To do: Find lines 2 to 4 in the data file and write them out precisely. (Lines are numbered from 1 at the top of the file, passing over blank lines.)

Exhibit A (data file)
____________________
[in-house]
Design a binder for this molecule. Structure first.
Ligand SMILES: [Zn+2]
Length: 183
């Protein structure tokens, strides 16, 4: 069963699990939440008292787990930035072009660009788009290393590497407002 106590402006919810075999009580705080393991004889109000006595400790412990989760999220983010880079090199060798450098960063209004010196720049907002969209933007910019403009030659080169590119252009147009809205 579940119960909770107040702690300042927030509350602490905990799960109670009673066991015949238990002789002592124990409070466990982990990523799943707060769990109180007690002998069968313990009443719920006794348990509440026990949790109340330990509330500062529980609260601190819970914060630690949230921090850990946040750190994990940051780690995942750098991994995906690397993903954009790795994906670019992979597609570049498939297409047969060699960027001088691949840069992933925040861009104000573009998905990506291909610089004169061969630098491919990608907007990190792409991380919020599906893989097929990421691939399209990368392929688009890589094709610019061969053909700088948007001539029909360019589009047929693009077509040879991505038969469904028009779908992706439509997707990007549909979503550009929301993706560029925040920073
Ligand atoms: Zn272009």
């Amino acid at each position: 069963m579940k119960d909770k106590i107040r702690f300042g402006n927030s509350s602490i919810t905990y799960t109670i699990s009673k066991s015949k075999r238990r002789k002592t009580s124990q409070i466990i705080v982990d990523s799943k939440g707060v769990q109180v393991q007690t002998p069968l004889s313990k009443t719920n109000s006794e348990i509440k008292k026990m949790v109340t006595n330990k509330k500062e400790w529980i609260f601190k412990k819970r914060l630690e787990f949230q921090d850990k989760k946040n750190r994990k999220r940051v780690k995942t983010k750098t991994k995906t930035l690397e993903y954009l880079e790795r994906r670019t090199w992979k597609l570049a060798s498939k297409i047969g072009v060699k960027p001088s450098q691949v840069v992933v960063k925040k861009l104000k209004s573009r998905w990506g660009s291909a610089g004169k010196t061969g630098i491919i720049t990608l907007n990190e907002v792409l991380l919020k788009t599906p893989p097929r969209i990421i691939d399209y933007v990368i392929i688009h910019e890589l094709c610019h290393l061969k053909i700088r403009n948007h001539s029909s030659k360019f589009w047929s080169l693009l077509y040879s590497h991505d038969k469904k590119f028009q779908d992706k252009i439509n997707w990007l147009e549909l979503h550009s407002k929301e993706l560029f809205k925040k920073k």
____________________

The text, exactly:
Design a binder for this molecule. Structure first.
Ligand SMILES: [Zn+2]
Length: 183